Students studying in the US universities are passing through a bad phase right now. The reason for this gloom is the proposed House GOP tax plan. The Republicans, to make up for about one trillion tax cuts given to US corporations, pushed the taxes on to graduate students. The latter have not much money and now they would be forced to pay a major chunk of their small student stipends in taxes. Needless to say, this tax has them stumped. Tamar Oostrom, who is pursuing a doctorate in economics at Massachusetts Institute of Technology (MIT) has crunched the new tax numbers. She found out that the tax has increased in the region of anywhere between 300 percent to 400 percent.
Tuition and tax
MIT charges its graduate students approximately $50,000 every year. Students do not have to pay this tuition. As per the House Republican tax plan, these students must report such tuition forgiveness as an income.
MIT gives its students a minimal stipend of $30,000 per year in exchange for them working with the teaching faculty or helping the latter in teaching courses. The student, as part of the deal, does not have to pay the tuition fees. This kind of arrangement is not unique to MIT. Almost all other US universities follow an identical model.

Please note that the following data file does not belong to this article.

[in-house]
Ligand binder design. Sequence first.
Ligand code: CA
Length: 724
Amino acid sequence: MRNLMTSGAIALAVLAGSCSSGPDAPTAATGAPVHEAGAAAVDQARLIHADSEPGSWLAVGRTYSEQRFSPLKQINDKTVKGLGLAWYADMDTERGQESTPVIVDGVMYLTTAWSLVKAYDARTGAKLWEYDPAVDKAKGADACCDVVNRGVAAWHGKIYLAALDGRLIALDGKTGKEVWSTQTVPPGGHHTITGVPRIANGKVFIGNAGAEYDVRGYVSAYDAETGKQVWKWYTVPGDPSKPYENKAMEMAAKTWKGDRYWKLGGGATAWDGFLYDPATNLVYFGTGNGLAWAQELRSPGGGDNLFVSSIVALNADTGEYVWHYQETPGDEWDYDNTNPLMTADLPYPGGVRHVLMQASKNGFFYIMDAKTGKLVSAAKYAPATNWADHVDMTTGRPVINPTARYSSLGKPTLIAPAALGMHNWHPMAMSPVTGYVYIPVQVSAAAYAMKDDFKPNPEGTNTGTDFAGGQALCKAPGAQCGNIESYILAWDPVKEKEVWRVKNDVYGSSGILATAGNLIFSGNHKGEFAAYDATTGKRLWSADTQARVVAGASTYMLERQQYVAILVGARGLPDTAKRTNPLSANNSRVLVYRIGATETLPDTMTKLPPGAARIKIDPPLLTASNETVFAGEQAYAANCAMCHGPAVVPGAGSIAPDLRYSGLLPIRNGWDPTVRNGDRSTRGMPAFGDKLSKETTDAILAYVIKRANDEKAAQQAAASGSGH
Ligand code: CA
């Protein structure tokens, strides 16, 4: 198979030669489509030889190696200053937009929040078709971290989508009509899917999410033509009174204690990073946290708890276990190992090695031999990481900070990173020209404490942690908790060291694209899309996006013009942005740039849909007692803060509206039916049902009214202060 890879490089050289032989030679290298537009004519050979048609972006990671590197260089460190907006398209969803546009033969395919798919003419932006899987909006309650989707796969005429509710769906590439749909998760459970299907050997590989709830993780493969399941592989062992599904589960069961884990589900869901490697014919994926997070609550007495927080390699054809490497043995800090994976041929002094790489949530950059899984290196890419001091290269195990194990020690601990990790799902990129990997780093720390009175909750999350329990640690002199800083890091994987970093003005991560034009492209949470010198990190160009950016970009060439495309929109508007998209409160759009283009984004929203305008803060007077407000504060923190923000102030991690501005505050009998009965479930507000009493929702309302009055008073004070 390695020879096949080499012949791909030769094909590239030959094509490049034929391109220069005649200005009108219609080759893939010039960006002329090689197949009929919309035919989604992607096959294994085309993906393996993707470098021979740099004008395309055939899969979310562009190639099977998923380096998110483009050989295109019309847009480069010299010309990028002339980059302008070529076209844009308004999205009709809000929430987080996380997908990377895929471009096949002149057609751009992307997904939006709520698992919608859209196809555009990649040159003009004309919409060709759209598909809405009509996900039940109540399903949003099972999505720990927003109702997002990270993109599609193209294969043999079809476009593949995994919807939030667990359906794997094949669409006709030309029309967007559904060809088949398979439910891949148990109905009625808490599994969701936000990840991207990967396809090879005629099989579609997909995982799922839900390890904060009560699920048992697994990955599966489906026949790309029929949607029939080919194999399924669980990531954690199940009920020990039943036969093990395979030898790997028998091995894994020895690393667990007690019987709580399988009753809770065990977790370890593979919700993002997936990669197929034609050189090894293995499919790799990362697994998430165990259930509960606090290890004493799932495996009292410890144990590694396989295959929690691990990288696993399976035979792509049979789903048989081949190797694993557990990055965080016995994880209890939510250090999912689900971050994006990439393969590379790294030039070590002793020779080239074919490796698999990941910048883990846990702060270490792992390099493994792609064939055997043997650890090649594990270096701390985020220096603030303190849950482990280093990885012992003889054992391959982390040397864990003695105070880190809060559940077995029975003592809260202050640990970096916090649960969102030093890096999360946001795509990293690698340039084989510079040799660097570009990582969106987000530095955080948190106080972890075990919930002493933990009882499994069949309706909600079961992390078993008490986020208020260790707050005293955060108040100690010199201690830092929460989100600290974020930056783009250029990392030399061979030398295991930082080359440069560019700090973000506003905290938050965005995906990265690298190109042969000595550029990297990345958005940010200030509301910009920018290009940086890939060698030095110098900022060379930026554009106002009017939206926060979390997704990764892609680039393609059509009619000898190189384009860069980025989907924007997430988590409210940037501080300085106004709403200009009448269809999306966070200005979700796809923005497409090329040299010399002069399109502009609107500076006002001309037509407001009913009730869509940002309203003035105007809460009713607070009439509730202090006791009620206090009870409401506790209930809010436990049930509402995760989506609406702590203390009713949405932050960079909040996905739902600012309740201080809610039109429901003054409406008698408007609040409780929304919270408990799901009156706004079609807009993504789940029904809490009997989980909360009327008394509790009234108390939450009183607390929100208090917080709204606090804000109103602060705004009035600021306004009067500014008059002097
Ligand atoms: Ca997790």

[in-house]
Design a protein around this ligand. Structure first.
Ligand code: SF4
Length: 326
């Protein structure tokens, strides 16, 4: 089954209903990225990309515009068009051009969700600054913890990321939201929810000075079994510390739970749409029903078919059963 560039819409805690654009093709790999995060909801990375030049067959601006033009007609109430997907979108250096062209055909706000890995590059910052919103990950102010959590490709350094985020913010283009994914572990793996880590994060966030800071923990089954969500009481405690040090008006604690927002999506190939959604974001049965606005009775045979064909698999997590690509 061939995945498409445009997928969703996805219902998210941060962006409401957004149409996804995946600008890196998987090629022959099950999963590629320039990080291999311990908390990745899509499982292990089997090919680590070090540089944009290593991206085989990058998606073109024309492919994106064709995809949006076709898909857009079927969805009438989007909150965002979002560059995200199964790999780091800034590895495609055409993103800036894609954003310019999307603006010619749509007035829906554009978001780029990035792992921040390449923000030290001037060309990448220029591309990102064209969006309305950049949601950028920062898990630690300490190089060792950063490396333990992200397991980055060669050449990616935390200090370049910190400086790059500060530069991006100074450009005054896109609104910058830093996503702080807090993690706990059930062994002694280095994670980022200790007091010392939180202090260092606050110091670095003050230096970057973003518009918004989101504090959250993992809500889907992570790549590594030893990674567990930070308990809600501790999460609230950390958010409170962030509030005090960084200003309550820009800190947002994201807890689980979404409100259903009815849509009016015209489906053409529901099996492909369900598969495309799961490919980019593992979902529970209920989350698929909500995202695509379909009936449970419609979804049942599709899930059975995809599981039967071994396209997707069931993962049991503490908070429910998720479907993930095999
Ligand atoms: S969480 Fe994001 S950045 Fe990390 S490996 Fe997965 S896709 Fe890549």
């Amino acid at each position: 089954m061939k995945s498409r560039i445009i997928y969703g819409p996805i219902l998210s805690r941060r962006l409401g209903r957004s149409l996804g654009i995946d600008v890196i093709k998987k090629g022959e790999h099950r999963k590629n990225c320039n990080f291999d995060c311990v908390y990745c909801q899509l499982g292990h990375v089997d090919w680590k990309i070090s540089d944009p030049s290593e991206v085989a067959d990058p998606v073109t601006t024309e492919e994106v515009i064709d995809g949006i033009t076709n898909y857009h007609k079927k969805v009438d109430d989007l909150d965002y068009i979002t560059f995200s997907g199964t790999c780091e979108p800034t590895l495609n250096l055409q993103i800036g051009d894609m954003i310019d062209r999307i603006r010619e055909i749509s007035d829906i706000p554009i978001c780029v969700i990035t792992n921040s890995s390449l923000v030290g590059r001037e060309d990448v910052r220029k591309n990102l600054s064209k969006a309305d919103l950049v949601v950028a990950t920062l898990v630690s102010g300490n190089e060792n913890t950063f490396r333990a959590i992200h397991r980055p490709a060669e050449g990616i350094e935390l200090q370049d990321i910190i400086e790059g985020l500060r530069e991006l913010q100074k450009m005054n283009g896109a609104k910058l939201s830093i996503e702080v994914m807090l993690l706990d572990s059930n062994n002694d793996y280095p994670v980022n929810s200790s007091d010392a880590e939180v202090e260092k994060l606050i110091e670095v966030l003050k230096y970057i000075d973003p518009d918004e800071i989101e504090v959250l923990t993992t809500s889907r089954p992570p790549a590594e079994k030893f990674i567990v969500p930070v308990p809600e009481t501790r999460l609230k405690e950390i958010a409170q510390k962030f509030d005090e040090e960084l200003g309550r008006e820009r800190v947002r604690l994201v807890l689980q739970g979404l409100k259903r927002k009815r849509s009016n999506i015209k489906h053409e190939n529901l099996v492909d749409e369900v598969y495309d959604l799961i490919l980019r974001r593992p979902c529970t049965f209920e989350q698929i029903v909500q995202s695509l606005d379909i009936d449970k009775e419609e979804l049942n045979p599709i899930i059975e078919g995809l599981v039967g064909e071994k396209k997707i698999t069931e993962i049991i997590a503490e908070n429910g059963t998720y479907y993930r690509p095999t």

The new tax plan will hit students hard. Most of them already work part-time to supplement their meager income. A student earning $30,000 per year will be forced to pay taxes as if he or she is earning about $80,000 per year. This will financially cripple most students. They are already living a frugal life. Many married students have sacrificed dental insurance to scrimp on costs. The American Council on Education has reported that approximately 145,000 graduate students have suffered a reduction in their tuition within the 2011 to 2012 period.
Not only students, economists also hold the opinion that the tax is not a good one. The latter said that such a steep tax will discourage Americans from going for higher education. This will lead to an inadequately educated workforce. The negative ripple effect may destroy the US economy. The small tax amount extracted from students will inhibit American economic growth in the future. Many academicians have described such a move as a lethal threat to a doctoral education. About 30 academic organizations have sent Congress a letter decrying such a plan.